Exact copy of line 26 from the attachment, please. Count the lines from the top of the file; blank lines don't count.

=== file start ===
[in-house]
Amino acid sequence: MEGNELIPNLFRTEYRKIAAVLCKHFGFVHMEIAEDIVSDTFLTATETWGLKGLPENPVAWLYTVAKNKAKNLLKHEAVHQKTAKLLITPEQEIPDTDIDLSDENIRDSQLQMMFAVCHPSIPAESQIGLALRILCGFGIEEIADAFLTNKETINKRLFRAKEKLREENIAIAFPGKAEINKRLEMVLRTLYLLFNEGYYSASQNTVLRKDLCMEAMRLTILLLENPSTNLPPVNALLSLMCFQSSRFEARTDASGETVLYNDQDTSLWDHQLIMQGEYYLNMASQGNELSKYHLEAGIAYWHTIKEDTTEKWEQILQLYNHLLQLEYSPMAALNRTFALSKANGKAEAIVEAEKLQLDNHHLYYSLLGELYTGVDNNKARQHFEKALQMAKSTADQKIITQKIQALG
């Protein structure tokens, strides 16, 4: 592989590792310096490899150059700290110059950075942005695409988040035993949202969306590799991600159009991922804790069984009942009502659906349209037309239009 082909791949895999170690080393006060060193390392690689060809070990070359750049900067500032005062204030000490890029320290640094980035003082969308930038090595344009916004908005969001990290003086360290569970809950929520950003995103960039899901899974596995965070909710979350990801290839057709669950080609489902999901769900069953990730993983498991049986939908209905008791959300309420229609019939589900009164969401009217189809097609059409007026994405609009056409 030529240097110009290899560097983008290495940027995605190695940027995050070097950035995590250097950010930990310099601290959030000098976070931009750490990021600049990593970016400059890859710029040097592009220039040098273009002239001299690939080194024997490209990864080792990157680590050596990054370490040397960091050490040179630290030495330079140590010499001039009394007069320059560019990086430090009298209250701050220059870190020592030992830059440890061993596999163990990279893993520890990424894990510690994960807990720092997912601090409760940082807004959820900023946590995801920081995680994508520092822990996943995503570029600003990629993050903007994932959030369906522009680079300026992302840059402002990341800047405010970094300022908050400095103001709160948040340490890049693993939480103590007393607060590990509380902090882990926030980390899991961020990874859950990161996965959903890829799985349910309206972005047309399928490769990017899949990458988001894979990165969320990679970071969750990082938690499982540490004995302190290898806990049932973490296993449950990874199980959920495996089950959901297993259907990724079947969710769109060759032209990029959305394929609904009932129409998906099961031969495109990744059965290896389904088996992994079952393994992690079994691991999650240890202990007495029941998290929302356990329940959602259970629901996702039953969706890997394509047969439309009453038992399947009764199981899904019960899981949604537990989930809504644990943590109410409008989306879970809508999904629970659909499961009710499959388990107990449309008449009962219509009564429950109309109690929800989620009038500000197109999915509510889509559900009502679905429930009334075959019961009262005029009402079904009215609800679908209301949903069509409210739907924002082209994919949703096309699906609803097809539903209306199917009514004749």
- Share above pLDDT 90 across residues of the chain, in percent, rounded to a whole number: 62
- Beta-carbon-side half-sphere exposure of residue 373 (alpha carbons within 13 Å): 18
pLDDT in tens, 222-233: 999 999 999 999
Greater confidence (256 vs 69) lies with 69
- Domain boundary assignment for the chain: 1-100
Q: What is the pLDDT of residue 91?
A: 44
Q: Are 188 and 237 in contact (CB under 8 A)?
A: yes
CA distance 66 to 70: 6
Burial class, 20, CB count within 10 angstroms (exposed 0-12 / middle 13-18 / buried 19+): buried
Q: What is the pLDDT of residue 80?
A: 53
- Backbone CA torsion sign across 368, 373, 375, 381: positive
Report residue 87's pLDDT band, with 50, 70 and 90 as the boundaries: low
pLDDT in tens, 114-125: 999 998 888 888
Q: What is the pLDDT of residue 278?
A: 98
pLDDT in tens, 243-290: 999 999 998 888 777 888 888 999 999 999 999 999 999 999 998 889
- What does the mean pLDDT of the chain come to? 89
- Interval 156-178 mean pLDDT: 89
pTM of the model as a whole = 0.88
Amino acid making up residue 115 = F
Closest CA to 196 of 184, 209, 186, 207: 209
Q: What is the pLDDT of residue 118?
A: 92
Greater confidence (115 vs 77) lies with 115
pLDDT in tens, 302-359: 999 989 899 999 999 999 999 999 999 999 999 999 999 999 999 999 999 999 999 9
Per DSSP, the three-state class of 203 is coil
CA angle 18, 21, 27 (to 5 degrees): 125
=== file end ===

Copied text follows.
Amino acid making up residue 115 = F